GOVERNOR Jeb Bush announced on August 2 plans to develop commuter rail services in central Florida under a complex deal totalling almost $1bn.

The plan calls for development of a north-south route through Volusia, Seminole, Orange and Osceola counties to relieve congestion on Interstate 4. Half of the $475m cost will come from the federal government, with the state providing 25% and county and city governments the rest. The state will also cover operating expenses until 2015.

Florida Department of Transportation will manage the design, construction and operation of the commuter rail service. Due to open in late 2009, the 50 km initial segment would run from DeBary to Orlando serving 10 stations. Maintenance facilities would be located at Sanford. A five-station, 37 km extension from Orlando to Poinciana Industrial Park, south of Kissimmee, is expected to follow in late 2013.

Trains of three double-deck coaches will run at 30 min headways at peak travel times, and every 2h during the middle of the day. Average weekday ridership is estimated at around 9 000 passengers.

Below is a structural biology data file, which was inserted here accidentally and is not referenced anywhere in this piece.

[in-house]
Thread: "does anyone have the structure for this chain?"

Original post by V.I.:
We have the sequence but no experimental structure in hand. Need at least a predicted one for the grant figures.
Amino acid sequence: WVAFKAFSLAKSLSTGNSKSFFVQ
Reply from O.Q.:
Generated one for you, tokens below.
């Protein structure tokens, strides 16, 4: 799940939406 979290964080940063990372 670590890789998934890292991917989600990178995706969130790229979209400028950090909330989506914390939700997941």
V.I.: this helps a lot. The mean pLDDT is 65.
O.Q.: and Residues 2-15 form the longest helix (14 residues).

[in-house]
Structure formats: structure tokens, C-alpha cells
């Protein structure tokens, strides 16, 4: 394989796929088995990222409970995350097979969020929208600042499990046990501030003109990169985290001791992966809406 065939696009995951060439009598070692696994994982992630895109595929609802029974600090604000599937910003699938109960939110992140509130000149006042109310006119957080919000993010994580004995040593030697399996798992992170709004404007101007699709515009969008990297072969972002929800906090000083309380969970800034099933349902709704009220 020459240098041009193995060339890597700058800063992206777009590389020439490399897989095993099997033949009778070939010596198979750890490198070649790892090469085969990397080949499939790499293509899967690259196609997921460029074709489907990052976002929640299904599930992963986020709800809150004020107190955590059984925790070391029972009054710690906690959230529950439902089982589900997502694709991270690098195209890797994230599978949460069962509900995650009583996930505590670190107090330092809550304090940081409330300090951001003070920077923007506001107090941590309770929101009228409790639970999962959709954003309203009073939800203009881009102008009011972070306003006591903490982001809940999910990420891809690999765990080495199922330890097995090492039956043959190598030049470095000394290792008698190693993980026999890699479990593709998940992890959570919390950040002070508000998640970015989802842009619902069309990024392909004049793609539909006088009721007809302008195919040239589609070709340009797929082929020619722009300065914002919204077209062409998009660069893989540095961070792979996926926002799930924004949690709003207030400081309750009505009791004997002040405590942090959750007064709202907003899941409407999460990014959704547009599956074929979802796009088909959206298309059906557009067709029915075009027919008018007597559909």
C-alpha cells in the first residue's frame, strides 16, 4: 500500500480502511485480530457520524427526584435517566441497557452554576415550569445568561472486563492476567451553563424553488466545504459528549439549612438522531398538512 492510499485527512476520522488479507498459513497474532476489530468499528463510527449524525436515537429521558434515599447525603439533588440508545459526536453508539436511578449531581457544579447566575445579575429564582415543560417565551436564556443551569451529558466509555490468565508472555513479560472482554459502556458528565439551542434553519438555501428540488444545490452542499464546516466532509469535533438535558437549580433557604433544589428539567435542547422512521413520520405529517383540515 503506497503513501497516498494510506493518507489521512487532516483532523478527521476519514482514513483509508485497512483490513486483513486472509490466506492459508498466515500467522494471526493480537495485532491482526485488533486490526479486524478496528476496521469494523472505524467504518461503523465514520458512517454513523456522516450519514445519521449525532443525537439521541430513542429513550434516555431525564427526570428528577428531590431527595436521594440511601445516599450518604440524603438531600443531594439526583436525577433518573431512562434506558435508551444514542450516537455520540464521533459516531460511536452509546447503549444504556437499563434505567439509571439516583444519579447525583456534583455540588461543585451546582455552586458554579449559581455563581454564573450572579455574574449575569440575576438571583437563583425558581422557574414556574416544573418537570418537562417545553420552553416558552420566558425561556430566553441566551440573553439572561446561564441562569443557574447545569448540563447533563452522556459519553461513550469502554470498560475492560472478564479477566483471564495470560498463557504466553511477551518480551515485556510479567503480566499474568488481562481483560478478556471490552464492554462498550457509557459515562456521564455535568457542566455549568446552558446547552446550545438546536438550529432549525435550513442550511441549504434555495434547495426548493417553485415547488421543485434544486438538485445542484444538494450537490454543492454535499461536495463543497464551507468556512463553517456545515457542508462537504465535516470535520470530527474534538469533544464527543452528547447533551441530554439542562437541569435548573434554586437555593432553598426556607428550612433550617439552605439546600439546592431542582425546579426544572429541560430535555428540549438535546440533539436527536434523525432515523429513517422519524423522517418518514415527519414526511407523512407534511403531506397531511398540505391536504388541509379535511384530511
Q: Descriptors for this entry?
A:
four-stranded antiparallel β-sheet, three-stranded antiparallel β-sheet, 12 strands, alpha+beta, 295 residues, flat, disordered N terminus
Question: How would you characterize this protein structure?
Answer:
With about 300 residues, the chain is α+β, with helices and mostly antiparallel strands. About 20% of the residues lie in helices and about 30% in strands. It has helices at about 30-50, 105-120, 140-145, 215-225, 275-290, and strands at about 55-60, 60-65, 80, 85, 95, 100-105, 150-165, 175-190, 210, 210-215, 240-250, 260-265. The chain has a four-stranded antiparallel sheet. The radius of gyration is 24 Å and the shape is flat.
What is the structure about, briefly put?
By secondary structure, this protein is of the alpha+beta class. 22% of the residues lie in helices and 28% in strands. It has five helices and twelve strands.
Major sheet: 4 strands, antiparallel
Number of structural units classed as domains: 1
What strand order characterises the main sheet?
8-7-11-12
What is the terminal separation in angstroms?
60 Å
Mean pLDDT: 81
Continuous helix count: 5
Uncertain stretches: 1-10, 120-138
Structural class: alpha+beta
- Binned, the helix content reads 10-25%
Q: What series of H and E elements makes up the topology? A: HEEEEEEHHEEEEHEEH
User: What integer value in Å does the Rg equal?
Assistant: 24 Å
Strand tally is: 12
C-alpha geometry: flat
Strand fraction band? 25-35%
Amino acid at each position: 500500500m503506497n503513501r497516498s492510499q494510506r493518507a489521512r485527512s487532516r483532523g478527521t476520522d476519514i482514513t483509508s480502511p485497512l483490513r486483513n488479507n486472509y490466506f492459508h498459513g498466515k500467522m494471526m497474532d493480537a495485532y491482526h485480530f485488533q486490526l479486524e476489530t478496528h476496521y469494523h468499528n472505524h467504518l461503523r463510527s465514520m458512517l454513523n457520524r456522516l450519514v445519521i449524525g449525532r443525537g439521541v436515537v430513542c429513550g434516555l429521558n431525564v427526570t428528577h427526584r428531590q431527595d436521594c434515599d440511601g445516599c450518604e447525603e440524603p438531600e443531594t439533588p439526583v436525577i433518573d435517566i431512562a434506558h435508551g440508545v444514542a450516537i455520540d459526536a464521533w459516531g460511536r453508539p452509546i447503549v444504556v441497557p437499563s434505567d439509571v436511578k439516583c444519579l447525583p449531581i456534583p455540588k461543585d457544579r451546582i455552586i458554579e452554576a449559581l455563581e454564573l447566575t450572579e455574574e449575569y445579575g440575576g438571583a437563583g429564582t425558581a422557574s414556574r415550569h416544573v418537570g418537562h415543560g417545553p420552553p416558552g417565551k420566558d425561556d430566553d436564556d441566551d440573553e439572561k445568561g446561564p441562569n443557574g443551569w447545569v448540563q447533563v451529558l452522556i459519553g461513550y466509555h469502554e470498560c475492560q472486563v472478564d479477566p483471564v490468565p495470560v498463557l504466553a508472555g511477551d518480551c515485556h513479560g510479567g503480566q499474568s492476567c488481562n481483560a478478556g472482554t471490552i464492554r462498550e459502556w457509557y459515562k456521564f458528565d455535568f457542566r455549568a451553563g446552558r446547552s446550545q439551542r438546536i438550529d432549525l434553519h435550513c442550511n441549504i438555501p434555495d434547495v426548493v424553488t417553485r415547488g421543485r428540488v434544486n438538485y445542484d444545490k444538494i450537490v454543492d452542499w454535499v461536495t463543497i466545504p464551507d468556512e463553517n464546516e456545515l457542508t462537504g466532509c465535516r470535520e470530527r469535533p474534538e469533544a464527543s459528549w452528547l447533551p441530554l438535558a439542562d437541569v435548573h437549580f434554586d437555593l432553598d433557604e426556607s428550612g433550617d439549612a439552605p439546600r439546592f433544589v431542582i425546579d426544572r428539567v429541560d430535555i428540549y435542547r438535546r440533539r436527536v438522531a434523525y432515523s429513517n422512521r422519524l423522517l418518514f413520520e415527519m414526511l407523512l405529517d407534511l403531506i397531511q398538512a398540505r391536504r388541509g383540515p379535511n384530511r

The state will purchase the 98 km right-of-way from CSX Transportation for $150m and spend $318m to expand capacity on other routes. In exchange, CSX has agreed to keep freight off the line through Orlando and Winter Park from 05.00 to 10.00 and from 15.00 to 22.00. The Class I will have exclusive use from midnight to 05.00 and shared use at other times.

H On the same day, CSX announced that it had agreed to transfer control of the 130 km Miami - West Palm Beach line used by Tri-Rail commuter services to South Florida Regional Transportation Authority. The state purchased the route several years ago, but operations were still managed from the CSX dispatching centre in Jacksonville. n